In an ideal world, the Blu-Ray player would be unnecessary because my Windows-based Slimline computer can, one way or another, do everything it could do and more. The Slimline, however, takes a few minutes to boot up and, like many Windows machines, is not particularly amenable to being put into a sleep state; indeed, it insists on waking up in the middle of the night and ultimately makes enough fan noise to wake me up as well. (I have tried to stop it from doing this, but with very limited success.) The Blu-Ray player boots up super-fast and can be kept on all the time as it is dead quiet when not playing a disc (and only mildly noisy when it is playing one; however, there do appear to be defective units out there that are quite noisy).

The Sony player comes with lots of apps, even if they are not called that. The overall system is known as BRAVIA Internet Video and comes on selected Sony video products, including high-end Blu-ray players and HDTVs. There is no "app store;" one simply gets access to all the video and audio apps that Sony makes available. Sony provides a good selection of apps, far better than my sans Wi-Fi Oppo BDP-83 player that cost about 4 times as much as the Sony (on sale) and whose big advantage is that it plays DVD-A discs (of which I have exactly one) . The Sony has the obligatory Netflix (my Oppo doesn't even have that, and both players are 2010 models) as well as Pandora, Slacker, Amazon, YouTube, Crackle, Hulu Plus and several Sony proprietary channels. Sure, many nice services that are standard on smartphones are missing, such as SiriusXM and tunein (formerly known as Radiotime), but there is certainly enough there to keep one entertained for a long time.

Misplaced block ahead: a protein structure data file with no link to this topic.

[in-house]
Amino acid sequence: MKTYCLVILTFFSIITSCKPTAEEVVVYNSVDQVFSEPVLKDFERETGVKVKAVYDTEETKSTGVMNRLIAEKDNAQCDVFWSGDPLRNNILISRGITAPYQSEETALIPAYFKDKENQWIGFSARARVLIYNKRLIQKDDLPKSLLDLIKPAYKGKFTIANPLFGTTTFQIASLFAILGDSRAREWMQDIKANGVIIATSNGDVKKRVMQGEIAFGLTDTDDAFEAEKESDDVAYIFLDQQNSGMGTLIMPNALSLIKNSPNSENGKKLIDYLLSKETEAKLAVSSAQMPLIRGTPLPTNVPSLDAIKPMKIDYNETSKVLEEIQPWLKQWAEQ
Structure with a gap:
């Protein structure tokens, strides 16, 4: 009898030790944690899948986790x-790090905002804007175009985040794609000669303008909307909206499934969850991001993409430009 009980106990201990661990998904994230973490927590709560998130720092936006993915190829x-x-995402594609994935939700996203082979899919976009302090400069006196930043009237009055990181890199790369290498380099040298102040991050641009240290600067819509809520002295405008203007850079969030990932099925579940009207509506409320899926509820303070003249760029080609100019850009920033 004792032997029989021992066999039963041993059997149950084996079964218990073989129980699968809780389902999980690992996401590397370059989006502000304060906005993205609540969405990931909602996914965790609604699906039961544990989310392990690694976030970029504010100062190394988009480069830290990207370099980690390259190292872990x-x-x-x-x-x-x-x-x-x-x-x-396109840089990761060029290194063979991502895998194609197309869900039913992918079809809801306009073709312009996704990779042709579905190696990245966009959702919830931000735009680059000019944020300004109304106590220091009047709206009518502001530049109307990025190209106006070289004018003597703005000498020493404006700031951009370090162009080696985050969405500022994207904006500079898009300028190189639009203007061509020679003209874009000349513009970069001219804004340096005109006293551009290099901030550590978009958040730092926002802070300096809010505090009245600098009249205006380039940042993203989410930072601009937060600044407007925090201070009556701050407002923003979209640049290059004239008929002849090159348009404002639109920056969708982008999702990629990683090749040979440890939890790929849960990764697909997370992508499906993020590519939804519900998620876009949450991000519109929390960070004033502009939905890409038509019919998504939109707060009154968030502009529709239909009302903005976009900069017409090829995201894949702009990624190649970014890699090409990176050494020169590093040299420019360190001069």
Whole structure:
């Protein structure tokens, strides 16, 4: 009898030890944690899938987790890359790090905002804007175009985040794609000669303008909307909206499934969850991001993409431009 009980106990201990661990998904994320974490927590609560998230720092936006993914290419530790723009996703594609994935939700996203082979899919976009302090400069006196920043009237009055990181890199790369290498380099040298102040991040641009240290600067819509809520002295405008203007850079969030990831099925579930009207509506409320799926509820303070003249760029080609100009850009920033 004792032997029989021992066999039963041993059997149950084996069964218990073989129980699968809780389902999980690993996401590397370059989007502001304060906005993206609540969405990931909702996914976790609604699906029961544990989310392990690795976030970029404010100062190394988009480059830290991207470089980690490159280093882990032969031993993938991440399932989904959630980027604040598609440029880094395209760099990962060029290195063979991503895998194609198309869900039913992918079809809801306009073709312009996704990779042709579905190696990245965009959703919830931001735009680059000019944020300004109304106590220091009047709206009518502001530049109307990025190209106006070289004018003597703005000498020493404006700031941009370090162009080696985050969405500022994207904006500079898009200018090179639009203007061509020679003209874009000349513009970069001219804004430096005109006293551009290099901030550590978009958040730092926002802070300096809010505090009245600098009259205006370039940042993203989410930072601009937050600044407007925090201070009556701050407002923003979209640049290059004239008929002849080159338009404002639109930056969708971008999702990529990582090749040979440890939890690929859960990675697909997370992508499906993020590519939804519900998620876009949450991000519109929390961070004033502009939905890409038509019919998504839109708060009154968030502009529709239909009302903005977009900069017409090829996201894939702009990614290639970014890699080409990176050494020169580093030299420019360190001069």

The net effect of the Sony player (and its various kin from competing manufacturers, including the breakthrough Roku box) is that while the ability to play a variety of physical discs is a nice bonus, the real value proposition is the ability to access all that cloud content at a truly bargain price. That the player is inexpensive makes economic sense because Sony gets a cut of all purchases made through the system, so it is the razor and the services are the blades. Still, even without buying any more blades, the razor works just fine. Through sheer luck, the day after I set my player up Amazon rolled out its Prime Instant Video that made thousands of movies and TV shows available for free to Amazon Prime members (of which I am one). Beyond Amazon, there is plentiful free video and music content available through the system, albeit sometimes at the cost of sitting through the occasional commercial and the inconvenience associated with resuming play at a latter time. (DVDs are great because you even months after you have played one, a good player will remember where you left off.)